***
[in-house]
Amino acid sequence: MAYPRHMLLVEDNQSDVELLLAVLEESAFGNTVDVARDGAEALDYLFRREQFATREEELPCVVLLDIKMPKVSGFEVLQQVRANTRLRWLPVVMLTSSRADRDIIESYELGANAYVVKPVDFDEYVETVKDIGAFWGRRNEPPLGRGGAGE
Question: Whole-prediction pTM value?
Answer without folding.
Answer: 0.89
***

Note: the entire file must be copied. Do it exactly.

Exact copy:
[in-house]
Amino acid sequence: MAYPRHMLLVEDNQSDVELLLAVLEESAFGNTVDVARDGAEALDYLFRREQFATREEELPCVVLLDIKMPKVSGFEVLQQVRANTRLRWLPVVMLTSSRADRDIIESYELGANAYVVKPVDFDEYVETVKDIGAFWGRRNEPPLGRGGAGE
Question: Whole-prediction pTM value?
Answer without folding.
Answer: 0.89